Better Buy: Suncor Energy Stock or Cenovus Energy Stock?

Suncor and Cenovus are two of Canada’s largest energy stocks. They have considerable torque from rising oil prices. Which is a better buy now?

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Suncor Energy (TSX:SU) and Cenvous Energy (TSX:CVE) are two of Canada’s largest integrated energy producers. Both have similar portfolios of oil sand/heavy oil production facilities as well as downstream refinery capacity.

Despite some similarities, these top energy stocks also have variances in their operations/size, valuation, dividends, and record of returns. Here’s a discussion of what stock is a better buy today.


Suncor has a market capitalization of $59 billion. It operates in situ production plants, oil sands mines, offshore rigs, four refineries, and a network of fuel wholesale/retail outlets across Canada and the U.S.

It produces around 750,000 barrels of oil equivalent per day (BOE/d). It refines around 550,000 barrels per day. Its oil sand operations have around 26 years of reserve life left.

While this diverse mix has its benefits, Suncor has been racked with safety and operational issues. As a result, it has consistently underperformed expectations over the past few years.

Its mines and production plants are older. Consequently, it is looking to backstop its energy reserves through acquisitions. However, to date, it has been unsuccessful in acquiring the right asset.


Cenovus has a market cap of $52 billion, putting it just slightly smaller than Suncor. Most of its energy production comes from oil sands, but 25% comes from conventional and offshore resources.

In 2023, it expects to produce around 785,000 BOE/d and refine 745,000 barrels per day. It has 31 years of energy reserves left.

Cenovus has not been without challenges. One of its refineries had a fire, and it has taken longer than expected to come back online. It is up and running today, so that should be a tailwind that can help propel earnings into the back half of the year.

Valuation and balance sheet

Suncor stock trades with a price-to-earnings (P/E) ratio of 8.65 and a price-to-free cash flow (P/FCF) of eight. It trades with a free cash flow yield of 12%. Suncor currently sits with $14 billion of net debt, which is actually up from $13.6 billion in the second quarter (Q2) of 2022.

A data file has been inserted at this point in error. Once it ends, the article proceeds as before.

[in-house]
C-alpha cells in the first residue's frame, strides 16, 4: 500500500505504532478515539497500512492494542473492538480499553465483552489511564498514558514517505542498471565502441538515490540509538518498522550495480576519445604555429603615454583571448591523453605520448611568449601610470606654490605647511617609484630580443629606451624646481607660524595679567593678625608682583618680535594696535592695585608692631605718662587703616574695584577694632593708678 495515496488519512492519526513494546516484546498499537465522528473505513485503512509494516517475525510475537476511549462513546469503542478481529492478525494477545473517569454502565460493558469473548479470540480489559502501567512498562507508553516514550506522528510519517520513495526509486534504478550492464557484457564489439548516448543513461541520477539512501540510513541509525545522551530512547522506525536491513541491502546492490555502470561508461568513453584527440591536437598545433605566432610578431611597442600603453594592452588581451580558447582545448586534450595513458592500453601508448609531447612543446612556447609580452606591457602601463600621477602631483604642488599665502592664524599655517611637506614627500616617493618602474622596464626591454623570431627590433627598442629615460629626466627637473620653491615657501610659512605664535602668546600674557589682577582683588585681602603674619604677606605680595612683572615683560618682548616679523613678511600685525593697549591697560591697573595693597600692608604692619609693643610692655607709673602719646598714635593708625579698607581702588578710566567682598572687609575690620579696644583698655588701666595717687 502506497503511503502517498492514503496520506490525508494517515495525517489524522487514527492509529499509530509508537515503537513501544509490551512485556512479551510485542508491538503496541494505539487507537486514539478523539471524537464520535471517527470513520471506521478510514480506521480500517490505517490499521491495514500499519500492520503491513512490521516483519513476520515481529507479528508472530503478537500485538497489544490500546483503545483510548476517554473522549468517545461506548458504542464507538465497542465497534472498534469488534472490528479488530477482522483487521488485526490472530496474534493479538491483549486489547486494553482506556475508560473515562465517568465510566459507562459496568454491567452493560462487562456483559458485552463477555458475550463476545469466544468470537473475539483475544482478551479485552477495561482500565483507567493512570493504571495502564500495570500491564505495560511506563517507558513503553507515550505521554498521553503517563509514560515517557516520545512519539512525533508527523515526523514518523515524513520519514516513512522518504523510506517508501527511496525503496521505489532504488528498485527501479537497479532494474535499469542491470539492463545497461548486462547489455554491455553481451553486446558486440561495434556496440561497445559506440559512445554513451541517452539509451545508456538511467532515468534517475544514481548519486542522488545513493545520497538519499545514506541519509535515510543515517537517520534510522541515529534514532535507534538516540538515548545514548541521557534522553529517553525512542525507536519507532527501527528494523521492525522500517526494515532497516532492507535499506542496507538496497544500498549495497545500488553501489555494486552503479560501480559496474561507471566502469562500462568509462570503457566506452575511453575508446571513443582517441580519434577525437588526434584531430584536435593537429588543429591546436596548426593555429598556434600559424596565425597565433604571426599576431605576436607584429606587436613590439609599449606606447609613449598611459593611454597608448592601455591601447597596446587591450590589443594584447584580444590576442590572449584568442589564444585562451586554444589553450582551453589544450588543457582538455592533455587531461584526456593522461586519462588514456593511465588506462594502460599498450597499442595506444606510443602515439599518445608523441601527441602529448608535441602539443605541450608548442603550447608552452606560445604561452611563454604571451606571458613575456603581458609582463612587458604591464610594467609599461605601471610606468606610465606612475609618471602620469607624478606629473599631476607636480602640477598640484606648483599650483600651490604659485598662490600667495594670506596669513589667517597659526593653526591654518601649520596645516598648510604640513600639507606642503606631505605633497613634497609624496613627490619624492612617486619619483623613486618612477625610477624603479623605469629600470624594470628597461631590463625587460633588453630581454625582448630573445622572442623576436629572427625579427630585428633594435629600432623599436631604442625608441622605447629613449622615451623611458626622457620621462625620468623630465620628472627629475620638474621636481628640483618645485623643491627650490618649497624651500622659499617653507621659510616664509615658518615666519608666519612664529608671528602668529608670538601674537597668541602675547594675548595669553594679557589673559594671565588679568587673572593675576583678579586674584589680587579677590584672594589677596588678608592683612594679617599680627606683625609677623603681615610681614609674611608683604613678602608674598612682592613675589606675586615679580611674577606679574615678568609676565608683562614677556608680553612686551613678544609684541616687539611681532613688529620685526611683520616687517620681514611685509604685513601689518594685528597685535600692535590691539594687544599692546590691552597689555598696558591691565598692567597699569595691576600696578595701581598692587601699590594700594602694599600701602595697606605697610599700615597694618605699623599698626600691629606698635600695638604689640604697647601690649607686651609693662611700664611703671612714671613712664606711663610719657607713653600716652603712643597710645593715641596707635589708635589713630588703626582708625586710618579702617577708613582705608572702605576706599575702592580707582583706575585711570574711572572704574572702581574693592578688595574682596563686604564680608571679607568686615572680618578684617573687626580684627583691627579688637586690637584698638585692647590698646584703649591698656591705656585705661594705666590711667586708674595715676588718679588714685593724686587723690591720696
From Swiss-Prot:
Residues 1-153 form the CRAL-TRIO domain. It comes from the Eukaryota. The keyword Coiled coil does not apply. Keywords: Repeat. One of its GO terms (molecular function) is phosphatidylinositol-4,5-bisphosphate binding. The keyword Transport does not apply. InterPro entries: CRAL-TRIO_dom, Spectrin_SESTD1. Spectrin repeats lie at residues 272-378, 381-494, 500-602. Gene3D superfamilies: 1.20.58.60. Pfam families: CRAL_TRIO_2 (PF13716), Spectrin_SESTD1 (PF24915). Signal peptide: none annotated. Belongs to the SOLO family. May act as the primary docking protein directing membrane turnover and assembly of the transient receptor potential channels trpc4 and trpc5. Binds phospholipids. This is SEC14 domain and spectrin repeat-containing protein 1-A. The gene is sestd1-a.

Cenovus trades on par to slightly cheaper than Suncor. It has a P/E ratio of 13.76 and a P/FCF of 7.4 times. It trades with a free cash flow yield of 13.6% today. Cenovus sits with $6.4 billion of net debt, which is down from $7.5 billion in Q2 2022.


The dividend is one of the significant differences between these two stocks. Suncor stock yields 4.5%, whereas Cenovus is less than half that at only 2%.

Since 2021, Suncor has grown its quarterly dividend by 150% to $0.52 per share today. Since 2021, Cenovus has increased its dividend by 700% to $0.14 per share today.

Mind you, Cenovus’s dividend was at a fairly low base. However, it has been growing significantly faster. This doesn’t factor in the $0.11 per share special dividend it also paid last year. Suncor has paid no special dividends since 2021.

Record of returns: Suncor or Cenovus stock?

Over the past three and five years, Suncor stock has delivered a respective total return (including dividends) of 186% and 9%. However, Cenvous has earned shareholders a total return of 338% and 138%, respectively.

While Suncor is the better-known name in Canadian energy, Cenovus has significantly outperformed in the short and long-term. It has been more thoughtful about capital allocation and balance sheet management.

Likewise, it has been able to generate free cash flow more significantly. That has translated into a faster pace of share buybacks, dividend growth, and total overall returns. For a better company operationally and financially, Cenovus is likely the better bet today.

This article represents the opinion of the writer, who may disagree with the “official” recommendation position of a Motley Fool premium service or advisor. We’re Motley! Questioning an investing thesis — even one of our own — helps us all think critically about investing and make decisions that help us become smarter, happier, and richer, so we sometimes publish articles that may not be in line with recommendations, rankings or other content.

Fool contributor Robin Brown has positions in Cenovus Energy. The Motley Fool has no position in any of the stocks mentioned. The Motley Fool has a disclosure policy.

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